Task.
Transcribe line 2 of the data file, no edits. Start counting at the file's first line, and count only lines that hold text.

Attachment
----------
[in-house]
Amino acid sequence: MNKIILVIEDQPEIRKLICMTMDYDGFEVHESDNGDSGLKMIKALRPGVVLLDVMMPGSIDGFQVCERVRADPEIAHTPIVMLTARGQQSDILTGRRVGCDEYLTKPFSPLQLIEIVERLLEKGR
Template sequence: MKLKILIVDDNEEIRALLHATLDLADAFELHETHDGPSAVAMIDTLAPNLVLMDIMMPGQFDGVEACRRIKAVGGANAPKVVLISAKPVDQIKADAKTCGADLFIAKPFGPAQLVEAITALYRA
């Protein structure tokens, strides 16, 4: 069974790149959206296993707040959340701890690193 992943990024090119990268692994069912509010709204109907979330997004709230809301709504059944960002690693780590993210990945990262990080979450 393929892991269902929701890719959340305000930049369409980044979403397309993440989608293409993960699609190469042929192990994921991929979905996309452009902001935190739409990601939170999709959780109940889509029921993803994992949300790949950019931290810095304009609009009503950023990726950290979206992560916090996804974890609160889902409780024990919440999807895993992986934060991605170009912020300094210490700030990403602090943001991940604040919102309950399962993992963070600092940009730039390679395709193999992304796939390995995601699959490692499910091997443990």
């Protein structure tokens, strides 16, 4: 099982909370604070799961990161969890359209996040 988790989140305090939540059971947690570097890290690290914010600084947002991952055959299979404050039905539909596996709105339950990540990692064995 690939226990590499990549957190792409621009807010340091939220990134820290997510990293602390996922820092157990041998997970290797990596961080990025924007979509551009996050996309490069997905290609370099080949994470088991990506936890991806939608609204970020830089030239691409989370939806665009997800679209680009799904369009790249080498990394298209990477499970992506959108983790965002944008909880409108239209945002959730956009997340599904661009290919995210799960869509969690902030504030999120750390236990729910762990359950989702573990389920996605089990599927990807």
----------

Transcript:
Amino acid sequence: MNKIILVIEDQPEIRKLICMTMDYDGFEVHESDNGDSGLKMIKALRPGVVLLDVMMPGSIDGFQVCERVRADPEIAHTPIVMLTARGQQSDILTGRRVGCDEYLTKPFSPLQLIEIVERLLEKGR